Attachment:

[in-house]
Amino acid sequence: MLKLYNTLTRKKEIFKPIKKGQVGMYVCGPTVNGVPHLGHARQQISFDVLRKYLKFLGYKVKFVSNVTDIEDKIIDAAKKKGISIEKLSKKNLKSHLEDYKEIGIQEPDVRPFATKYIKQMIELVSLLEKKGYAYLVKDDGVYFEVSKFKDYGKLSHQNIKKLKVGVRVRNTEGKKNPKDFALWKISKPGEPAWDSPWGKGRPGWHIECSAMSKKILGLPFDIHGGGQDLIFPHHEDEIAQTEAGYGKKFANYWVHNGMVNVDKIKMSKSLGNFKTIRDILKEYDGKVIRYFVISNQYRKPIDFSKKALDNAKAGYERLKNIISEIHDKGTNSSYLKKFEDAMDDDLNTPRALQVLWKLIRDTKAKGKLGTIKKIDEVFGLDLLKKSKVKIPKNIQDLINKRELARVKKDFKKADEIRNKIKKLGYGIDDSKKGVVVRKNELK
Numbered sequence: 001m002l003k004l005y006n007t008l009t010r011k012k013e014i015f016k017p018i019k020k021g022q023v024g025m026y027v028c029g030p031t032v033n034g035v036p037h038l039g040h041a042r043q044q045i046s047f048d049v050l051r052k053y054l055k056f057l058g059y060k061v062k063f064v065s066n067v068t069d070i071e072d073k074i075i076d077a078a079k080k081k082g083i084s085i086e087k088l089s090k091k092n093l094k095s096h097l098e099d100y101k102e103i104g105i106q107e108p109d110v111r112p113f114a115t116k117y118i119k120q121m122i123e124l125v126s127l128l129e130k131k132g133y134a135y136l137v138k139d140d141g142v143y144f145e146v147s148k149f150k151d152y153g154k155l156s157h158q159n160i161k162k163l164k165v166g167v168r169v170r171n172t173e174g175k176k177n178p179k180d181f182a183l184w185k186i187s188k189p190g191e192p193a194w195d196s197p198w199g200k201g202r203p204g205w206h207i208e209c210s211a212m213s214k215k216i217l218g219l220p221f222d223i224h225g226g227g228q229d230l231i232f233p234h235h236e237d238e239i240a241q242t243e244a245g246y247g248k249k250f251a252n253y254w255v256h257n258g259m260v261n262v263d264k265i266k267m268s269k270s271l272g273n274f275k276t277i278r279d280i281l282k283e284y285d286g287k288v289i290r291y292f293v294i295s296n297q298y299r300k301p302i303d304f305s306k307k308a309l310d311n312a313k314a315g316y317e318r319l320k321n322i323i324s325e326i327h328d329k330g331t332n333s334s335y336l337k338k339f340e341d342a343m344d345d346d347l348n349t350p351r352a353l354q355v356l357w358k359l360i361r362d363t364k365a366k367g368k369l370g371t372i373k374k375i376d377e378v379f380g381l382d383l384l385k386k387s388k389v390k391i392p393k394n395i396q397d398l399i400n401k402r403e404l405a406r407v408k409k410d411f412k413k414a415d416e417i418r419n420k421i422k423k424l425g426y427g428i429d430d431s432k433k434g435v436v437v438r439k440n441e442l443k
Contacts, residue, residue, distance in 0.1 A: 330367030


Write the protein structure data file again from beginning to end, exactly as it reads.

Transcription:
[in-house]
Amino acid sequence: MLKLYNTLTRKKEIFKPIKKGQVGMYVCGPTVNGVPHLGHARQQISFDVLRKYLKFLGYKVKFVSNVTDIEDKIIDAAKKKGISIEKLSKKNLKSHLEDYKEIGIQEPDVRPFATKYIKQMIELVSLLEKKGYAYLVKDDGVYFEVSKFKDYGKLSHQNIKKLKVGVRVRNTEGKKNPKDFALWKISKPGEPAWDSPWGKGRPGWHIECSAMSKKILGLPFDIHGGGQDLIFPHHEDEIAQTEAGYGKKFANYWVHNGMVNVDKIKMSKSLGNFKTIRDILKEYDGKVIRYFVISNQYRKPIDFSKKALDNAKAGYERLKNIISEIHDKGTNSSYLKKFEDAMDDDLNTPRALQVLWKLIRDTKAKGKLGTIKKIDEVFGLDLLKKSKVKIPKNIQDLINKRELARVKKDFKKADEIRNKIKKLGYGIDDSKKGVVVRKNELK
Numbered sequence: 001m002l003k004l005y006n007t008l009t010r011k012k013e014i015f016k017p018i019k020k021g022q023v024g025m026y027v028c029g030p031t032v033n034g035v036p037h038l039g040h041a042r043q044q045i046s047f048d049v050l051r052k053y054l055k056f057l058g059y060k061v062k063f064v065s066n067v068t069d070i071e072d073k074i075i076d077a078a079k080k081k082g083i084s085i086e087k088l089s090k091k092n093l094k095s096h097l098e099d100y101k102e103i104g105i106q107e108p109d110v111r112p113f114a115t116k117y118i119k120q121m122i123e124l125v126s127l128l129e130k131k132g133y134a135y136l137v138k139d140d141g142v143y144f145e146v147s148k149f150k151d152y153g154k155l156s157h158q159n160i161k162k163l164k165v166g167v168r169v170r171n172t173e174g175k176k177n178p179k180d181f182a183l184w185k186i187s188k189p190g191e192p193a194w195d196s197p198w199g200k201g202r203p204g205w206h207i208e209c210s211a212m213s214k215k216i217l218g219l220p221f222d223i224h225g226g227g228q229d230l231i232f233p234h235h236e237d238e239i240a241q242t243e244a245g246y247g248k249k250f251a252n253y254w255v256h257n258g259m260v261n262v263d264k265i266k267m268s269k270s271l272g273n274f275k276t277i278r279d280i281l282k283e284y285d286g287k288v289i290r291y292f293v294i295s296n297q298y299r300k301p302i303d304f305s306k307k308a309l310d311n312a313k314a315g316y317e318r319l320k321n322i323i324s325e326i327h328d329k330g331t332n333s334s335y336l337k338k339f340e341d342a343m344d345d346d347l348n349t350p351r352a353l354q355v356l357w358k359l360i361r362d363t364k365a366k367g368k369l370g371t372i373k374k375i376d377e378v379f380g381l382d383l384l385k386k387s388k389v390k391i392p393k394n395i396q397d398l399i400n401k402r403e404l405a406r407v408k409k410d411f412k413k414a415d416e417i418r419n420k421i422k423k424l425g426y427g428i429d430d431s432k433k434g435v436v437v438r439k440n441e442l443k
Contacts, residue, residue, distance in 0.1 A: 330367030